The Devil’s Bridge is THE hike to do when you’re in Sedona Arizona. Made very famous by Instagram, this is an extremely popular hiking trail with incredible views and an unbeatable photo opportunity with the iconic bridge. It’s a pretty easy trail with beautiful red rock and desert scenery. While the bridge at the end is the main draw for most, the hike to get there can able be very beautiful and rewarding too.


Trail Overview

  • Distance: 2-4.2 round trip (depending on route)
  • Type: Out & Back
  • Time: 2-3 hours
  • Elevation at trailhead:  4,600 feet
  • Elevation Gain/Loss:  600 ft
  • Difficulty: Easy-Moderate
  • Crowd Factor: Very Very Extremely High
  • Best Time: March-May, Sept-Oct
  • Permits/Fees: No
  • Water: No


  • Incredibly beautiful view of Devil’s Bridge
  • Short hike with interesting terraine


  • Very very very crowded
  • Lots of sun exposure

Best Time to Hike & How to Avoid The Crowds

Before diving into the hike, we have to mention the popularity of this trail and the crowds. Sedona is a ridiculously popular hiking destination, especially in Spring (March-May), and the Fall (Sept-Oct). You can expect everything to take twice as long during your trip – whether that’s looking for parking (if you can even find it) or just trying to drive to the trailheads with all of the traffic if you visit during these times of year.


Same goes for this trail – it get mobbed! In order to get your iconic photo on the bridge, you should expect to wait anywhere from 30mins – 2hrs depending on the time of day. Everyone is very patient and friendly and the hikers in line behind you will often take your photo for you. Everyone “gets it” and is willing to wait their turn, just be prepared for this reality.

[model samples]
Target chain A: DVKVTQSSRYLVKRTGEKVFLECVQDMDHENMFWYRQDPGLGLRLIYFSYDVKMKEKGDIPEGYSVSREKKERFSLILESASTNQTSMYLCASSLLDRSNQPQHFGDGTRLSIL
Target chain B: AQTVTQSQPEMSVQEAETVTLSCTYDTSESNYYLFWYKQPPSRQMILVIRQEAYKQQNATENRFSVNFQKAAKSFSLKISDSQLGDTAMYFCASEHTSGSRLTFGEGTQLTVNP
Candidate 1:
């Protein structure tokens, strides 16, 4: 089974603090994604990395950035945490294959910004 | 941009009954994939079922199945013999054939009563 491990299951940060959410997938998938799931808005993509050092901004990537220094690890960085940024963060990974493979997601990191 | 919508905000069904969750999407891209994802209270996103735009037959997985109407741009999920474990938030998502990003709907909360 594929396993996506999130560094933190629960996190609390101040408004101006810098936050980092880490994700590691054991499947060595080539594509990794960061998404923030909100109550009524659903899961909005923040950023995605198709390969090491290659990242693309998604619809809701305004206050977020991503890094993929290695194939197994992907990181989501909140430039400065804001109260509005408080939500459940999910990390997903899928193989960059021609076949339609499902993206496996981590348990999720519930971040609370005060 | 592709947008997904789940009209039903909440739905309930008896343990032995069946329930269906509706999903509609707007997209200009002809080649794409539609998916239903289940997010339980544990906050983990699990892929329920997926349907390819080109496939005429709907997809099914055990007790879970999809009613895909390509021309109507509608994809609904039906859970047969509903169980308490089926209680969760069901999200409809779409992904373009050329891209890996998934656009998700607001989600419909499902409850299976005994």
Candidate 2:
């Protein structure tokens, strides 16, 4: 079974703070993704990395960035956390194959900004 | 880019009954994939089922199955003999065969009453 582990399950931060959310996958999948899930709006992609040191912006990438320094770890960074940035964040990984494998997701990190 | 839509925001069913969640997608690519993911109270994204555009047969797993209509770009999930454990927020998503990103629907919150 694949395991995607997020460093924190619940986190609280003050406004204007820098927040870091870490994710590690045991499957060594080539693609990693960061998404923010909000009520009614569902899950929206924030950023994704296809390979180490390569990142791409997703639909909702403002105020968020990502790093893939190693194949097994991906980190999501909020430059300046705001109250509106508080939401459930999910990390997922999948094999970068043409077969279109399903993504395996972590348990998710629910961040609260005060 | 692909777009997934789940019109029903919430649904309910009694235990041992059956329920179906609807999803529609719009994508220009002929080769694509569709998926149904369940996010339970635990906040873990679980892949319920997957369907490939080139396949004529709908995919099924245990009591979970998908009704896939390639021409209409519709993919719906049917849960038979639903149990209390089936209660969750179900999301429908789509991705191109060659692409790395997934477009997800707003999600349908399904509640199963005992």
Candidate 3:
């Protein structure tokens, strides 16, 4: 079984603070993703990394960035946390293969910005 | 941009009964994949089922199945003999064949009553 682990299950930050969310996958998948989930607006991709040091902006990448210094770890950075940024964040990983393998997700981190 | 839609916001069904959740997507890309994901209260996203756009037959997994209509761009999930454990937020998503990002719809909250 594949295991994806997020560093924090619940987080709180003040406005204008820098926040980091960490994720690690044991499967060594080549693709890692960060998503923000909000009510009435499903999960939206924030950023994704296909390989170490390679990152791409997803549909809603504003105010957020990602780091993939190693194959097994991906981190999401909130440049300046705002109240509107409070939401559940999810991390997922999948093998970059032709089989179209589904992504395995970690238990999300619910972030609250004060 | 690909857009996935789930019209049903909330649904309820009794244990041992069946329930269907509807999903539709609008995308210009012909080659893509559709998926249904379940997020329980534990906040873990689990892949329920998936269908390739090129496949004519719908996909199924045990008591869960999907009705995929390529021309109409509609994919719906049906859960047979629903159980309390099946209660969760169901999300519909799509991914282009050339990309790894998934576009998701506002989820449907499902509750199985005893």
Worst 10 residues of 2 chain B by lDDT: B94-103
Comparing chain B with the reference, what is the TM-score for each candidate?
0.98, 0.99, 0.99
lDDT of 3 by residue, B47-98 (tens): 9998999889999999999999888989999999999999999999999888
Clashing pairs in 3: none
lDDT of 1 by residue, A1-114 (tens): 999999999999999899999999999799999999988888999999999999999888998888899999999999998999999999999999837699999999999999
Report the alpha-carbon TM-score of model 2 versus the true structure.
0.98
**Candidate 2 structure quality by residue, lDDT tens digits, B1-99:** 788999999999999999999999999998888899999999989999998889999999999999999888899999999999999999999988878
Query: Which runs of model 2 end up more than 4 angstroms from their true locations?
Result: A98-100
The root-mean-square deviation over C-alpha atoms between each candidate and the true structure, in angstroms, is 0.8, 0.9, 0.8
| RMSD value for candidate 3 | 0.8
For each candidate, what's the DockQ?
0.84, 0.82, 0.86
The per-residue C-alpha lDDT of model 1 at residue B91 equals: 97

Pro Tip: Start this hike at 7am or after 5pm – it’s your best chance for avoiding crowds. We started hiking at 6:45am (on a Tues at the end of April) and reached the bridge a little before 7:30am. There was already a 30min wait to take a photo on top of the bridge.

The Trailhead

There are three options for trailheads for this hike. Two are accessible via passenger car and one is only accessible with a 4×4 vehicle.


With a 4×4

If you have (or rent) a 4×4 vehicle, you can drive and park directly at the Devil’s Bridge Trailhead. From here, the hike to the bridge is one mile each way (for a total of 2mi round trip).

This parking lot is located on Dry Creek Road, past the parking lot for all of the non 4×4 vehicles :

You’ll leave the paved road, crossing over some rocks that you absolutely must have a high clearance vehicle for.


Then it’s a straight shot down the bump jeep road to a dirt parking lot at the trailhead. This parking lot is relatively small and can fit around 6-8 vehicles, but most people doing this hike don’t have a 4×4 and won’t be joining you in this lot.

Without a 4×4

If you don’t have a 4×4, you won’t be able to drive to the trailhead parking lot and therefore will have to park in a lot nearby and hike approx. 1mi in order to get to the “official” trailhead. There are two options for this:

Dry Creek Parking Lot

This is the most commonly used parking lot for this hike. The lot is just a little ways down Dry Creek road, before the roadblock which turns it into a jeep road. From here your hike will be 4.6 miles roundtrip as you’ll have to walk the 1.3 miles down the jeep road to get to the trailhead.

Parking here is free, and the lot holds around 30-40 cars but it fills up fast… like by 8am fast! Once the lot is full, you’ll have to park along the side of the road back out on the main street (Boynton Canyon). Depending on how much of an overflow of parking there is, this could add additional miles to your trip. When we visited in April, there were cars parking along the roadside for over a mile in each direction.

Mescal Trailhead

This is the “alternate” trailhead for getting access to The Devil’s Bridge. This is a medium sized lot off of Long Canyon Road that holds maybe 15-20 cars. From here you would follow the Mescal Trail until it meets up with The Devil’s Bridge Trail and the Dry Creek jeep road. From here, you’re hike will be just about 4miles round trip.